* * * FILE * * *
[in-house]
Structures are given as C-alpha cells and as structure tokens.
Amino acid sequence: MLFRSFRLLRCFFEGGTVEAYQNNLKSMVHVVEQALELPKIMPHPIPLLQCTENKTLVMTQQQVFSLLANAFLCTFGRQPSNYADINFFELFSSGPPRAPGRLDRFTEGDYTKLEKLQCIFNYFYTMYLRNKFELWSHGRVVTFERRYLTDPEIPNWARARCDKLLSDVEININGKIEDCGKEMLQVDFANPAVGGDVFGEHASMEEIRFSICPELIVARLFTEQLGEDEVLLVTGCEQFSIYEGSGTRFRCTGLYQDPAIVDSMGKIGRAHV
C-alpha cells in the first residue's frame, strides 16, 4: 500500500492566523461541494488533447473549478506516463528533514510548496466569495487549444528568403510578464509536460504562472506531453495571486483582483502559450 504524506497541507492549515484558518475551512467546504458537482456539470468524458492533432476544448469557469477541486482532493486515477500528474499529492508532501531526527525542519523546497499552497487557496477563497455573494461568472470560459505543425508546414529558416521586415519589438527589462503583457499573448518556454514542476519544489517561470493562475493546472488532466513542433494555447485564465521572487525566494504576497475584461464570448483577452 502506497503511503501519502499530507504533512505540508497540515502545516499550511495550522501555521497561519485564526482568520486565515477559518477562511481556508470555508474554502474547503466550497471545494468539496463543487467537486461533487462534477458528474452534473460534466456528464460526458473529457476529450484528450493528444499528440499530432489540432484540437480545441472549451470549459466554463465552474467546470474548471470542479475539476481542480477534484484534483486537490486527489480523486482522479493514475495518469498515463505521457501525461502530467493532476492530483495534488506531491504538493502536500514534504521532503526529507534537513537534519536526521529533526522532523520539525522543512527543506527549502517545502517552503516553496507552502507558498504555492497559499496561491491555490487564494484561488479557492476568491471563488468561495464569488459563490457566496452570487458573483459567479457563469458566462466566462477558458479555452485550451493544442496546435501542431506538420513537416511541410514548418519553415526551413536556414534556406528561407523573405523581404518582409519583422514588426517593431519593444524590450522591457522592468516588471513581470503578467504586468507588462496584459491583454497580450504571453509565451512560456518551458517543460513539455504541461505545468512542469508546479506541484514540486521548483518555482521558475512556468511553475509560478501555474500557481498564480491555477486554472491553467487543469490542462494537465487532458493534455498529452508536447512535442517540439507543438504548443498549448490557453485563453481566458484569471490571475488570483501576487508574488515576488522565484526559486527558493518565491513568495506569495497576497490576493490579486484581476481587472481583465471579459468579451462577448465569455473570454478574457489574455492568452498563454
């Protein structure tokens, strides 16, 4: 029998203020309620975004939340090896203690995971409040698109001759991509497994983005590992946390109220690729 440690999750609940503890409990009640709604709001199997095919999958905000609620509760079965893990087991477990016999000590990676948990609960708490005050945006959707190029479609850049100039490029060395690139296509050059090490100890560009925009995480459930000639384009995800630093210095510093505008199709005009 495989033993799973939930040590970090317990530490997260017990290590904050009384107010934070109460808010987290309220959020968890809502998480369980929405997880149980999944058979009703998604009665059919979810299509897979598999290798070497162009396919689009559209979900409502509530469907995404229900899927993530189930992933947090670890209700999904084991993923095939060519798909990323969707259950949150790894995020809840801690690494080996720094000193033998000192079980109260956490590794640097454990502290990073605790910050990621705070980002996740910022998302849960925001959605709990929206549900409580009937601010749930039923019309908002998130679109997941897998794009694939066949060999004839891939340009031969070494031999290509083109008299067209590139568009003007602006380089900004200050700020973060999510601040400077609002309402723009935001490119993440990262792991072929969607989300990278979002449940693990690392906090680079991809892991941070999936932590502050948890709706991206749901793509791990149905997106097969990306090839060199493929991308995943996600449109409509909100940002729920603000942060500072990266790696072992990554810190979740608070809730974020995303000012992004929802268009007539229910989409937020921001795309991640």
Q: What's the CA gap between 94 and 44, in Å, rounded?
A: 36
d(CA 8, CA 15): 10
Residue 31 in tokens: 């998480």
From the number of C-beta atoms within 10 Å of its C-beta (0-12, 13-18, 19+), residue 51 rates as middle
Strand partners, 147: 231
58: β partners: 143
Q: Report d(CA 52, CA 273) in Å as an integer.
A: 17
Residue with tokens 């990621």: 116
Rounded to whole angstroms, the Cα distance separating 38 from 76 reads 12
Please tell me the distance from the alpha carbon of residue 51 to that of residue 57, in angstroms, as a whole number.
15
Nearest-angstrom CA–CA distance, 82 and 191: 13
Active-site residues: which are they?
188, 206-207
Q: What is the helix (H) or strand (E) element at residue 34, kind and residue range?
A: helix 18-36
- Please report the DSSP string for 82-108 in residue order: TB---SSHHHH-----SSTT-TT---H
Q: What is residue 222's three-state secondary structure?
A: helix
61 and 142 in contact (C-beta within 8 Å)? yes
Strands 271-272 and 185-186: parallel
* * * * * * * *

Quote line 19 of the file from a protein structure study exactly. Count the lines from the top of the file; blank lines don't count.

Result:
Nearest-angstrom CA–CA distance, 82 and 191: 13